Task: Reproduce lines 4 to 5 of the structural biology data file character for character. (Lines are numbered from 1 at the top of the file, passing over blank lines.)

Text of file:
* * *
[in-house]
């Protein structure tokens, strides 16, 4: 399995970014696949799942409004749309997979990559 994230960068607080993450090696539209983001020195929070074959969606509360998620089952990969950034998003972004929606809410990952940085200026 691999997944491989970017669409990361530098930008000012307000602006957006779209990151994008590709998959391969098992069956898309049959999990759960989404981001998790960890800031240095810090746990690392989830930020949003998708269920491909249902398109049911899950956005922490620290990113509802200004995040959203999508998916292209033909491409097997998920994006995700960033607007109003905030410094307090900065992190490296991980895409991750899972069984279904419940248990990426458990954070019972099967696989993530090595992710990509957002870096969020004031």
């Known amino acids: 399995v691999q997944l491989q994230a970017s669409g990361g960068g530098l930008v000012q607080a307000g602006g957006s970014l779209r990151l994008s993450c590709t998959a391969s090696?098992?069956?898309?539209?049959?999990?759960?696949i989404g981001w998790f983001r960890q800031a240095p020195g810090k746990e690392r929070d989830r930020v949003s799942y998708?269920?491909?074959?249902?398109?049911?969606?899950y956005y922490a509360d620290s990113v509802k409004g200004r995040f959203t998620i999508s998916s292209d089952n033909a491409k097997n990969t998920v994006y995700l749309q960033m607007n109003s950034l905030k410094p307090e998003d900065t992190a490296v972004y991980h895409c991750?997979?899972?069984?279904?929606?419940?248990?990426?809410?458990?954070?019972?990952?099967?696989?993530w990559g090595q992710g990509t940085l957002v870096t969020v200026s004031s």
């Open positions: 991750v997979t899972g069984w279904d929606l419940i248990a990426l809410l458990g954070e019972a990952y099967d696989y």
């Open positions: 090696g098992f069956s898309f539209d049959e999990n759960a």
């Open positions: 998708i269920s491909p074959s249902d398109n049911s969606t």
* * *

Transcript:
């Open positions: 991750v997979t899972g069984w279904d929606l419940i248990a990426l809410l458990g954070e019972a990952y099967d696989y």
């Open positions: 090696g098992f069956s898309f539209d049959e999990n759960a």